Heard around the house: a tattling and whining edition.

As I predicted, the magic from Monday disappeared sometime in the middle of the night. In its place, normalcy has returned. And so, as promised, here is a post about tattling and whining. I’ve decided to keep a running record throughout the day of all the tells made to Mommy. 

Shall we begin?

7:45 a.m.

Frances: “Nora took the smoothie that has the blue straw. And blue’s my favorite color!”

Nora: “Fine. Here. Take it.”

Frances: “No. I want the red straw.”

This is typical fickle Frances. Such a pain in the arse.

8:30 a.m.

Nora: “Mama! I want to color and Frances is sitting in my seat!”

Frances: “No I’m not!” (She was.)

Me: “Well, Nora. Did you ask her kindly to move?”

My go-to tattling response is to ask the girls to first try to work it out themselves. Unfortunately, when one of the players is a stubborn, grouchy two-year-old, this doesn’t always work.

10:50 a.m.

Frances: (comes running into kitchen) “Mommy, Mommy! Nora not wearing her socks, so I’m not going to either!”

Nora: “Yes I am, Frances. (Takes off boot). See?”

Frances: (grumpily) “Then I’m gonna wear ’em too.”

Fine. Problem solved.

10:55 a.m. 

Nora: “Mama, Frances said she’s going to beat me into the car, but I told her it’s not a race.”

Frances: “Yes it is a race, Nora!”

Nora: “Mommy!”

Me: (says nothing, but thinks about running away to Mexico)

Sometimes silence is golden. And sometimes not. Sometimes ignoring the tattling just brings on more whining and arguing.

11:00 a.m.-2:00 p.m.

No tattling or whining! We went to the park for an hour and enjoyed playing in the sunshine, followed by lunch at home and some reading of library books (read: the key to halting tattling—keeping kids engaged; sadly, this is not always possible).

2:05 p.m.

Frances: “Mommy. Nora had a date and I didn’t have one.”

Me: “That’s because Nora finished her carrot.”

Frances: “I not gonna eat my carrot. Ever!”

Me: “OK.”

Frances: “And I’m gonna knock these letters off the fridge.” (Proceeds to knock magnetic letters of fridge and onto floor.)

Nora: “Mama! Frances just threw the letters onto the floor!”

As if I hadn’t just witnessed the spectacle for myself and needed the play-by-play. So annoying!

4:30 p.m. 

Nora: “Mom. I was building a tower and then Frances wrecked it. And she did it on purpose. And I told her not to, and then she hit me!”

Me: “Frances, we don’t hit.” 

Incidentally, if I had a dime for all the times I’ve said these words to this child, I’d have enough dough to buy a week’s worth of groceries. Clearly, something is not working. 

Frances’s consequence in these situations is to be left alone. I want her to see that if she behaves in this way, she won’t have any friends. Time out doesn’t work for her and I won’t hit her myself, much as I’m tempted to. Only the leaving her alone doesn’t work all the time either, as the little sprite will often try to follow us around the house into different rooms as we try and make our point. What’s a mother to do, I ask?

6:30 p.m. (Getting ready for bed)

Frances: “Mommy, Nora’s not sleeping on the dust pillow!”

Oh, for heaven’s sake!

Nora’s been having difficulty hearing due to fluid buildup in her ears. The doctors suspect allergies, so before they recommend tubes, they want us to try to alleviate Nora’s symptoms by using hypoallergenic bedding. So, she’s supposed to sleep on one of two blue pillows that have dust-proof covers. Although they are meant to keep dust away, the girls have dubbed them dust pillows, and Frances is always eager to point out when Nora is not sleeping on hers.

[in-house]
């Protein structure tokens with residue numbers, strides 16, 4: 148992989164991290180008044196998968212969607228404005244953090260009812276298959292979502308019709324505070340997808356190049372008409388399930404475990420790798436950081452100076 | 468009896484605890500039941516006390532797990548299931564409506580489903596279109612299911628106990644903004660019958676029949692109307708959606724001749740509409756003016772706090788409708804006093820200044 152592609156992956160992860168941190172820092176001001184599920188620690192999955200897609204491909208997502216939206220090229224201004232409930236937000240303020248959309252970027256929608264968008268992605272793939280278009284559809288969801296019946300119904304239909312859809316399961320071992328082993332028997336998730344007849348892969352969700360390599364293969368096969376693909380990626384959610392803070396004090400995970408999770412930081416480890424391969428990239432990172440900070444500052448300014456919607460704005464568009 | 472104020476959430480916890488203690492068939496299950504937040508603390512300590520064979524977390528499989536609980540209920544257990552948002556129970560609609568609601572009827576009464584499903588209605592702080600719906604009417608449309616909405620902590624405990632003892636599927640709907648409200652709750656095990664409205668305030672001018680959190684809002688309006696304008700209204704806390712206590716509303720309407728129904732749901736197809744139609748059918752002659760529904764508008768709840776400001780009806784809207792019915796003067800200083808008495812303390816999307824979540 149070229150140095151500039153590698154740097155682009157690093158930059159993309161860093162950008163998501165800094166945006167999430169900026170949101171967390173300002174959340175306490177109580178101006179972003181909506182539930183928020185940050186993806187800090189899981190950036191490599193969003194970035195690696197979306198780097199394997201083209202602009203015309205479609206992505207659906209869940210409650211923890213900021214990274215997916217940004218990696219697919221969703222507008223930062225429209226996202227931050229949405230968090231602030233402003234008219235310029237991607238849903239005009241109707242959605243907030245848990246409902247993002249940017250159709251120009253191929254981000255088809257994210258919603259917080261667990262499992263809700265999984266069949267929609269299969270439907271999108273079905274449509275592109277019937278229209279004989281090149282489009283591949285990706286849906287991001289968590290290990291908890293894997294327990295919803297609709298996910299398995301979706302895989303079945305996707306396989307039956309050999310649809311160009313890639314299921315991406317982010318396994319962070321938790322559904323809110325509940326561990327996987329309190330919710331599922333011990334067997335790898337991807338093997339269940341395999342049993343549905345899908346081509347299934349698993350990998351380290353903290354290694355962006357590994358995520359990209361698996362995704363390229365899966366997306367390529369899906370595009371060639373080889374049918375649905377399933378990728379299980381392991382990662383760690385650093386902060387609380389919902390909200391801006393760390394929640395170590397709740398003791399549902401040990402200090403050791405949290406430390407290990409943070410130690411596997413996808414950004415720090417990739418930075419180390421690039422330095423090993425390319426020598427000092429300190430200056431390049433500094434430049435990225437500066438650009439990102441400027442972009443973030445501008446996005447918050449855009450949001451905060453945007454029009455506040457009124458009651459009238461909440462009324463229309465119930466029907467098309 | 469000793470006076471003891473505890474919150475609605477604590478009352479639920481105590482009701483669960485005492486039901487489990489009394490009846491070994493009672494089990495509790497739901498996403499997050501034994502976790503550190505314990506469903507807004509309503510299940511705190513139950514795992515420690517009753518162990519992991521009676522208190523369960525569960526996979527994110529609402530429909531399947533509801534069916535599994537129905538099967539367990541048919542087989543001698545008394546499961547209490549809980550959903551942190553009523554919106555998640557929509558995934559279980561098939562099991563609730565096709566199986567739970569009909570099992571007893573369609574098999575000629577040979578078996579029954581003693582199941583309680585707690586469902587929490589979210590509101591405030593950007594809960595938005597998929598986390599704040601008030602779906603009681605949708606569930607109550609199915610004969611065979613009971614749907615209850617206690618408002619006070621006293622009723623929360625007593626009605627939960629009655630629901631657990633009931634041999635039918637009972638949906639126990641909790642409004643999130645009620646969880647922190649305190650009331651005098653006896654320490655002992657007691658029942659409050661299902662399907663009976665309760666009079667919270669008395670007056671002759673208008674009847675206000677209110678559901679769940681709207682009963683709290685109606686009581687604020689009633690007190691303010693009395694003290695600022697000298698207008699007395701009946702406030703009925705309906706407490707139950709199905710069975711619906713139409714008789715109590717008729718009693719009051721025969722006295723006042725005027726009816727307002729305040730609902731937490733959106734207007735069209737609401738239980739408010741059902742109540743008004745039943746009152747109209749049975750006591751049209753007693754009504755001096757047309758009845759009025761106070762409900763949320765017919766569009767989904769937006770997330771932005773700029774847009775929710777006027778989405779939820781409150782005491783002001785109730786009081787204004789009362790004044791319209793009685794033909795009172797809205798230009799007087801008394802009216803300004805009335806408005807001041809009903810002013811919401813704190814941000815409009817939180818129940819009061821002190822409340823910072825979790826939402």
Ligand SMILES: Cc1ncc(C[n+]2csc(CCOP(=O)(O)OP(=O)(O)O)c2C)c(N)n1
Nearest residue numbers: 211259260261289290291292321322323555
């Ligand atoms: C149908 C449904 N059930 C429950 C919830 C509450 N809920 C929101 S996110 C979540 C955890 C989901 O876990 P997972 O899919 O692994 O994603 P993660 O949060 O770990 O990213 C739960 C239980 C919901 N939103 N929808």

For the love!

So, if anyone has any advice for dealing with these annoying behaviors, I’d love to hear it. I know that tiredness, boredom, too much time spent together, and sibling rivalry contribute to the tattling/whining mess, not to mention the girls’ sense of justice and fairness, mixed with a two-year-old’s limitations. 

But I wonder: Am I overinvolved? Not involved enough? Saying or doing the right things? 

Hopefully it’s all just a phase, and once the younger gets older, it’ll all stop. Or at least, lessen. If not, I feel  for the future teachers and peers of these two, not to mention their parents!

If it keeps up much longer I fear I’ll be calling out soon for my own MOMMY! to save me from it all! 😉

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3 thoughts on “Heard around the house: a tattling and whining edition.

    1. powerskirstin Post author

      Haha! I know. Believe me, I’ve tried “the look.” It just doesn’t strike fear in them like yours did us. Maybe you can coach me next time I’m home! Xoxo

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  1. Anne

    Here’s one of the rare times that the kids brought home valuable social skills from school. They’ve done a nice job as a school-wide initiative to differentiate between “tattling” and “reporting.” The later gives the child the important role of notifying an adult of a dangerous situation, one where someone will get hurt or has gotten hurt. (In our house, we’ve extended this to include a few other emotional and house rule exceptions!) Whereas, in tattling, they are encouraged to use their words to resolve the issues with the other child directly or let it go if it really doesn’t matter or is just a difference of opinion. It takes clearly defined examples of scenarios or behaviors you want to categorize under tattling & those you’d call reporting and involves roll-play to be most effective. It hasn’t stopped the tattling here but gives them the ability to classify it & differentiate from when an adult really needs to be notified, which really is a different set of expectations for each household, I’m finding! Good luck! I struggle with the tension of this back & forth bantering & nagging too!

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